Boys are more vulnerable in the womb and just after birth but mother nature lends them a helping hand, suggest researchers.
The time of year of conception may affect a baby's sex
Scientists from Modena in Italy believe that men are more likely to be conceived so that they are born during warmer months, to give them a better chance of survival.
How the reproductive system might be programmed to do this is as yet undiscovered, and the change during the key months appears to be small at best.
However, the scientist involved has even suggested that couples who want to choose the sex of their child try to conceive in particular months of the year.
Nature, recognising that male foetuses and newborns are more vulnerable than females, treats conception as a handicap race and tries to give boys a head start
Dr Angelo Cagnacci, Policlinico Modena
It is already known that the human body may already be trying to compensate for the inherent weakness of the male foetus, simply by increasing the proportion of male foetuses conceived.
At present, there are 511 males to 489 females in 1,000 conceptions. This advantage, however, does not last long.
Boy foetuses are more likely to perish in the womb or suffer obstetric complications.
Dr Angelo Cagnacci from the Policlinico Modena looked at the records for more than 14,000 births over a six year period, and found that the lowest conception rates for boys were from March to May, and the highest from September to November.
The first period would mean babies born in the Italian winter, while a conception in the second would mean a summer birth.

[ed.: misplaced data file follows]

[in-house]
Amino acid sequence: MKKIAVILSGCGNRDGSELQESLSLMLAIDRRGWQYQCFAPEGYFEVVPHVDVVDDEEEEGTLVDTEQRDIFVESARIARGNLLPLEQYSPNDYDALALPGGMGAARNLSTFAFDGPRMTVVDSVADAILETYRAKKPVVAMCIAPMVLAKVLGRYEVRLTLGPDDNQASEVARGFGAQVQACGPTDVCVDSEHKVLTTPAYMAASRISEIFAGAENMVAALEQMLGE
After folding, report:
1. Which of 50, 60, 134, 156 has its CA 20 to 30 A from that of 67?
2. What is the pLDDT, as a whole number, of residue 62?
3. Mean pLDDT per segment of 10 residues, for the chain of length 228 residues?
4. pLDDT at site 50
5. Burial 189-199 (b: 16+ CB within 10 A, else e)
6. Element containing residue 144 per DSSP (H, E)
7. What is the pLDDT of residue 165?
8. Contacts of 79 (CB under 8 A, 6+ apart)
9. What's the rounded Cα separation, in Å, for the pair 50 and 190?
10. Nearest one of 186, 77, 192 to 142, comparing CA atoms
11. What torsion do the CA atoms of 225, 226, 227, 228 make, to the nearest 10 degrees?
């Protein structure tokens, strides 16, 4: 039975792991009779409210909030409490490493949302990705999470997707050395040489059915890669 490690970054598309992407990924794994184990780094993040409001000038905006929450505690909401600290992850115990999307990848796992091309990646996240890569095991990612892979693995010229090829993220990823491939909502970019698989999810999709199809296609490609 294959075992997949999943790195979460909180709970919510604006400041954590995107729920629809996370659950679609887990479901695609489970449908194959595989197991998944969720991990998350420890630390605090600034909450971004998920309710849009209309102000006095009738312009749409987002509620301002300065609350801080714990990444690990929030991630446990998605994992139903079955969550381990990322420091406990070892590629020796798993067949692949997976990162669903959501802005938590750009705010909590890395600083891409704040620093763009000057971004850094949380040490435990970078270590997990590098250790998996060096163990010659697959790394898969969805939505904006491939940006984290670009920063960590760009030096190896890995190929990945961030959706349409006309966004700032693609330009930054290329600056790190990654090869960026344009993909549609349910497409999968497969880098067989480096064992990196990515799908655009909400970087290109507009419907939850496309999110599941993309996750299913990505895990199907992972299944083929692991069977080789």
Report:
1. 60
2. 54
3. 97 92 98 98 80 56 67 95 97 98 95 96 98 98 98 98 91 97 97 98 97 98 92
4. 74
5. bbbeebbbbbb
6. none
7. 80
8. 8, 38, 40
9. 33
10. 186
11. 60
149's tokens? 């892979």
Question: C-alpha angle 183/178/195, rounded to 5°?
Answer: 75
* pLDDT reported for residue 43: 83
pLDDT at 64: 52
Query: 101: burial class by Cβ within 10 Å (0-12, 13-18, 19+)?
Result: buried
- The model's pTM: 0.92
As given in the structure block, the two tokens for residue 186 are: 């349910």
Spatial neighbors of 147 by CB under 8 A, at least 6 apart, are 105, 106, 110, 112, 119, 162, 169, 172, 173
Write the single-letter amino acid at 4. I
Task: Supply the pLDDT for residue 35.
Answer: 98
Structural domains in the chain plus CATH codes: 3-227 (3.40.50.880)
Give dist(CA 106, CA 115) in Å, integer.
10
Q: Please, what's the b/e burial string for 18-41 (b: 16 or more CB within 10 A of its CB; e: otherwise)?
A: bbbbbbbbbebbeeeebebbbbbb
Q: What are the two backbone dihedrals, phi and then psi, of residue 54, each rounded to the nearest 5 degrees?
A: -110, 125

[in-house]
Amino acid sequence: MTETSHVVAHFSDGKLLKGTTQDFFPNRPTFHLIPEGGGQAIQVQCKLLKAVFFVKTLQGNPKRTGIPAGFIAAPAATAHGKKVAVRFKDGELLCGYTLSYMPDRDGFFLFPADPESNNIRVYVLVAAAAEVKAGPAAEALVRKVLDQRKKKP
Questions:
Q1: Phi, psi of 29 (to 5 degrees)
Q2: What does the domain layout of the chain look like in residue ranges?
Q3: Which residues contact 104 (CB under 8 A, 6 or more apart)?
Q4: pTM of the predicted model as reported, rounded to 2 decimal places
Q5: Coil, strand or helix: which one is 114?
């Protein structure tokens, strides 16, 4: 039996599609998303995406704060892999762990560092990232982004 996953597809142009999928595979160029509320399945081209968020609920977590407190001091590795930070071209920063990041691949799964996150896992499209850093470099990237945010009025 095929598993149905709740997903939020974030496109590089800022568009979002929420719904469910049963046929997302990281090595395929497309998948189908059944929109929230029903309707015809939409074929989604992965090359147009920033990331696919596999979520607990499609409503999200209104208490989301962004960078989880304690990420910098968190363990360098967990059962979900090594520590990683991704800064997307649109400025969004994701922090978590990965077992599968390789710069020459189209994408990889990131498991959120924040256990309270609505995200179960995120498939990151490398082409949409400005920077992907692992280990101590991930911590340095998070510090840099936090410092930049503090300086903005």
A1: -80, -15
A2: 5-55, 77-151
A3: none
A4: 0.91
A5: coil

In the 'best' month for conception, the researcher found that 535 males were conceived versus 465 females.
Boys of autumn
Dr Cagnacci said: "We would conclude from our data that if you want a boy in this region of the world, you would have a better chance if you tried to time conception between September and November.
"And, although the overall numbers of conceptions between March and May are lower than in the autumn, these are the months when you are more likely to conceive a girl.
"Whatever the explanation it's fair to say that nature, recognising that male foetuses and newborns are more vulnerable than females, treats conception as a handicap race and tries to give boys a head start."
He speculated that this sex selection, if it existed, happened early in pregnancy.
He said that cells in male embryos seemed to divide more rapidly and to have a higher metabolic rate so in certain hormonal conditions in the womb it could mean that a male embryo might implant and develop while a female would have a lesser chance.
He said that it was also possible that sperm concentrations might vary according to the season.
The research was carried in the journal Human Reproduction.